Gottschalk (Sartorius): Companies that select technologies with a high degree of exchangeable components, are exposing themselves to a certain risk due to the increasing complexity involved. This risk is, however, only gradually different from any kind of raw material and consumables that represent a critical component of the supply chain. Apart from reliable material clearance procedures, the sustainable security of supply is absolutely crucial for a successful adoption of such concepts. Some of these challenges may be new to the biopharmaceutical industry but they are very well known and professionally addressed in other industries.
LaBreck (Novasep): A major consideration when switching to single use is the adoption in a new facility versus an existing facility. An existing facility may have traditional reusable capital equipment for many downstream operations. Often, a hybrid of reusable and single-use operations is common in an existing facility. The hybrid approach takes advantage of the utilization of the capital equipment in these unit operations. A good example is CMOs and CROs activities, characterized either by a limited visibility on next campaigns or by the treatment of multiple products. The hybrid approach can be a good way to combine high capacities with reusable technologies and strategic flexibility with single-use technologies.
Conversely, in the design of a new facility, existing capital equipment is not a limitation. In this case, single-use technologies can be more fully utilized. Complete, fully disposable downstream processes have been implemented in some of the major biotechnology companies. Often times, the requirements for process utilities (water, buffers, and steam) are significantly reduced in the new facility, single-use design. Reducing the dependency on these energy-intensive utilities can reduce the total carbon footprint of the downstream process.
Secondly, the way the process is operated is not the same. The process itself has to be adapted to single-use and a consistent quality-assurance system should be implemented, for example, do the probes or similar devices meet authorities’ requirements? How do you deal with bio-burden?
Finally, it is crucial to make sure the operators are trained to use single-use technologies. For example, many leaking issues are due to a misuse of the single-use devices. Then, it makes sense to adapt procedures and protocols, including clean-in-place (CIP) procedures, taking account of the specificities of single-use technologies.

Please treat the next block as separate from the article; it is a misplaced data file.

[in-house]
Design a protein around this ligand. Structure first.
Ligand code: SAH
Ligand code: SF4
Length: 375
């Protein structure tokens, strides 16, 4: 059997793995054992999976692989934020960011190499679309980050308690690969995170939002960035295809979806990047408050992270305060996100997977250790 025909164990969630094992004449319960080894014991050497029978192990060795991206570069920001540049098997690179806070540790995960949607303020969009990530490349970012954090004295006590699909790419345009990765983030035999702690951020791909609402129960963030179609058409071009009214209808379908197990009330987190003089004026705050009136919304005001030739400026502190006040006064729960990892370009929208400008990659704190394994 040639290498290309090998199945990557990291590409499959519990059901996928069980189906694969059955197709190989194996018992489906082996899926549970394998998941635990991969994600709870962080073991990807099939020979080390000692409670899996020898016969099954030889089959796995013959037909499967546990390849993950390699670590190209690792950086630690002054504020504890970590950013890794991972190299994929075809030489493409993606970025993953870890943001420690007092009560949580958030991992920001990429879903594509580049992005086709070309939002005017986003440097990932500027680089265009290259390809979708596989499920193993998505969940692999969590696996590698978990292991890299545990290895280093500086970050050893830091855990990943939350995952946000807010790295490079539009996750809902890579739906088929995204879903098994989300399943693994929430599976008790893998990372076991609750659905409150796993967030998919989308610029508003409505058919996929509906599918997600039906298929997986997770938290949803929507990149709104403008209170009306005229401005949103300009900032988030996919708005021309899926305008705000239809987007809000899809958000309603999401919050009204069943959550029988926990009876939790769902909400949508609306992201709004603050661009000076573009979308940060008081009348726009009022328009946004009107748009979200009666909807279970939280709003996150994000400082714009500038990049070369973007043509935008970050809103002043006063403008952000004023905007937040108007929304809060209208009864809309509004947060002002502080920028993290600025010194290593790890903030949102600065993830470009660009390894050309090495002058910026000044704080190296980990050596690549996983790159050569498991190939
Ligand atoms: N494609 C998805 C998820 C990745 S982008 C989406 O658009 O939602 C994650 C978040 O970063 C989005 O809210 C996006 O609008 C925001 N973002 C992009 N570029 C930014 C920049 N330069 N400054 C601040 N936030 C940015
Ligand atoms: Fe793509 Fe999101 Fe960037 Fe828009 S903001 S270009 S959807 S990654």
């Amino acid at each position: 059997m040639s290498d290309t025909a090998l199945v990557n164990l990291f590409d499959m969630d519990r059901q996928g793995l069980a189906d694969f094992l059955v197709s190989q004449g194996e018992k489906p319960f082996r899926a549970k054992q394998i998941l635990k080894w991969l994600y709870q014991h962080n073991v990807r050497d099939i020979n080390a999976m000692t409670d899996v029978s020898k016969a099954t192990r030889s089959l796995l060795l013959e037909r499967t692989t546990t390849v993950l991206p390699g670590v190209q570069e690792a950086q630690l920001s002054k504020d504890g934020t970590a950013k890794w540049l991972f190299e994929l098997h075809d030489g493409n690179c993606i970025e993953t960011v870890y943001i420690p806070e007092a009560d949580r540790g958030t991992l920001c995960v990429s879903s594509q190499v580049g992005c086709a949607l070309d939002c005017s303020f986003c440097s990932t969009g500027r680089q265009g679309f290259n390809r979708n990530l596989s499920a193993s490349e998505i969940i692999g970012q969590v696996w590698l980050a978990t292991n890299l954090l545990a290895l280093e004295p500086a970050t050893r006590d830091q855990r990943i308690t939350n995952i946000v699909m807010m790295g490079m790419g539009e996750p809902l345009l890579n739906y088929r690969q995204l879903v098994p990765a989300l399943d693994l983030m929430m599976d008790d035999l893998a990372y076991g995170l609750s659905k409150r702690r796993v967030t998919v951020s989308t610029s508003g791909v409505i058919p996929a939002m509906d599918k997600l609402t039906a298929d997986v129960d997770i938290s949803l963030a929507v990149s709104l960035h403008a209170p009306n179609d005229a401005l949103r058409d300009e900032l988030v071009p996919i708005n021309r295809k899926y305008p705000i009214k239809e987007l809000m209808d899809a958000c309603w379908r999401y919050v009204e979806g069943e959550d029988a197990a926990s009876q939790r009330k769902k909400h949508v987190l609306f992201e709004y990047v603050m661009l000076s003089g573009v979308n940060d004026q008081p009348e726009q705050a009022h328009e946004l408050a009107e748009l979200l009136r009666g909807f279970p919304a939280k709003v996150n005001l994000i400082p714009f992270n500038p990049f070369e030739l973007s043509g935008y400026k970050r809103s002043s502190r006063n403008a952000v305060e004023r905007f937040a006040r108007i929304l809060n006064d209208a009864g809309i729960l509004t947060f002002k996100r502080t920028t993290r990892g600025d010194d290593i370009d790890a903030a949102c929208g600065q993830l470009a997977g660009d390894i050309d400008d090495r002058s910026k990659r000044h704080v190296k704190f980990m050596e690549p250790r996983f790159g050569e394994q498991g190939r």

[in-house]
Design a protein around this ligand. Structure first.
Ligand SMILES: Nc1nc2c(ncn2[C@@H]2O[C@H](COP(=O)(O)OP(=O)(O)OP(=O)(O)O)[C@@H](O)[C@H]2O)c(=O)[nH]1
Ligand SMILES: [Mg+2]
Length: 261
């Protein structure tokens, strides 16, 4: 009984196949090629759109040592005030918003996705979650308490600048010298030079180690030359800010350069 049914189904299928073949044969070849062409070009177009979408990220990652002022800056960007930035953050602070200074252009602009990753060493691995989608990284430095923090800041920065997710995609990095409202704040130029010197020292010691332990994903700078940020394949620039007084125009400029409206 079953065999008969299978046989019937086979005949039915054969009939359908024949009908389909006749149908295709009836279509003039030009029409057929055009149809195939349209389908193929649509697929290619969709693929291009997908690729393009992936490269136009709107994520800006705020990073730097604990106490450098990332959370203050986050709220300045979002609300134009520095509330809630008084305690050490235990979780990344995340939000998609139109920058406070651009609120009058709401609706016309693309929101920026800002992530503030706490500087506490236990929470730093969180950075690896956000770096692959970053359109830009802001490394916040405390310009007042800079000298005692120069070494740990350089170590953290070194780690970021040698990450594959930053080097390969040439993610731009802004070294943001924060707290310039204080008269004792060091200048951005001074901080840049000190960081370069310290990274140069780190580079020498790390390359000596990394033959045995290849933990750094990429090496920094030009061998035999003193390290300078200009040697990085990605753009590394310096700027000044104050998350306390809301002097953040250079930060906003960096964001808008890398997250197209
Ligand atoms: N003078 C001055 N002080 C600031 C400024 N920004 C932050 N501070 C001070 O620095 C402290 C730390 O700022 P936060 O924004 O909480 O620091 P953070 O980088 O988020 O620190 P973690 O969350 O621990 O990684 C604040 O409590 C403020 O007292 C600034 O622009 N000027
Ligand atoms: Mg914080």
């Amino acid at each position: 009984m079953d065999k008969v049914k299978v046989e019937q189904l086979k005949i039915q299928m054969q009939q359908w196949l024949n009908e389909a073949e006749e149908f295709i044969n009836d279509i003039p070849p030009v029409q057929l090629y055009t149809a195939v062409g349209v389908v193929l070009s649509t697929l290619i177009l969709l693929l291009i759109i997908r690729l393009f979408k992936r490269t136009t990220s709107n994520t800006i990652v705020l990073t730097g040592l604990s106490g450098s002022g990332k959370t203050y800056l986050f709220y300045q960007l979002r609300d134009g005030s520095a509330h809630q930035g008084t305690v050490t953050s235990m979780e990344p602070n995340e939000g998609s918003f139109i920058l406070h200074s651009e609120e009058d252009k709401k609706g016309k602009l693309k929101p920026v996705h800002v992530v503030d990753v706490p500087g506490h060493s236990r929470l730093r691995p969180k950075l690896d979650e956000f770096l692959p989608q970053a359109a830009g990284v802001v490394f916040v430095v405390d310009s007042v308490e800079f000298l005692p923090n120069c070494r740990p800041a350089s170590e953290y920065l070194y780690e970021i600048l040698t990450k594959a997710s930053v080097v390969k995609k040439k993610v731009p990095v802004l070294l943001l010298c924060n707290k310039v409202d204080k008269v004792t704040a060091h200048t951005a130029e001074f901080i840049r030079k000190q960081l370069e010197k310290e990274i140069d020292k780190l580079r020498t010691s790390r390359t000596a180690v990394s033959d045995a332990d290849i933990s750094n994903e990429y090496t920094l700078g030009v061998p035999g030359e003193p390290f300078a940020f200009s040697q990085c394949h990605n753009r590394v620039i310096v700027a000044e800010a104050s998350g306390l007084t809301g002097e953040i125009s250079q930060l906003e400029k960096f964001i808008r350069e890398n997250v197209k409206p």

Rogge (Rentschler): Companies that intend to switch to single use must consider the logistics, supply chain, supplier qualification and quality agreement with suppliers, extractables and leachables, size limitation of unit operations, purpose of utilization whether for toxicology, Phase II or Phase III or even for market supply, waste logistics, and training of staff.
Needed improvementsBioPharm: What aspects of single use need to be further improved for downstream processing?
Gottschalk (Sartorius): Looking at the list of unit operations in bioseparation, not all technologies are currently available in a single-use version, for example, large-scale centrifugation or Protein A chromatography in monoclonal-antibody manufacturing. Protein A chromatography is the gold-standard in antibody capturing and I don’t see this changing in the near future. Providing this in a single-use set up is a big challenge, if not impossible. But before we change this, we have to confirm its relevance. Single-use should not be a mantra that ends in itself. There will always be a process, a scale, a molecule, an application, or a price point where it just does not make any sense.
LaBreck (Novasep): Advance-ments in cell-culture productivity and high-titer output from upstream operations have put a strain on downstream processes to keep pace. Many downstream processes are dependent on flow and pressure. Process-control instrumentation can be limited in availability for single-use applications for larger-scale operations (> 500 L). At present, there has been a limitation of the scale of operation where single-use technologies can be used in downstream processing. Further advancements in pumping and instrumentation technologies (pressure, flow, and measurement) will be necessary to expand the scale of operation in downstream unit operations. Extractables and leachables are of course a subject of high interest nowadays. It is clear that a better understanding of these elements will be required by every stakeholder (vendors, users, and regulatory entities).
Martin (Pall): Areas for improvement include standardization of supplier’s extractables and leachables data packages, quality agreements between users, suppliers and sub-suppliers, increased transparency of supply chain and supply assurance.
Rogge (Rentschler): The robustness of single-use systems needs to be increased. It is important that suppliers deliver more relevant data concerning extractables and leachables. Applications for integrity testing also need to be improved.
—Moderated by Adeline Siew
This article appears in the BioPharm International 2014 Single-use Systems eBook.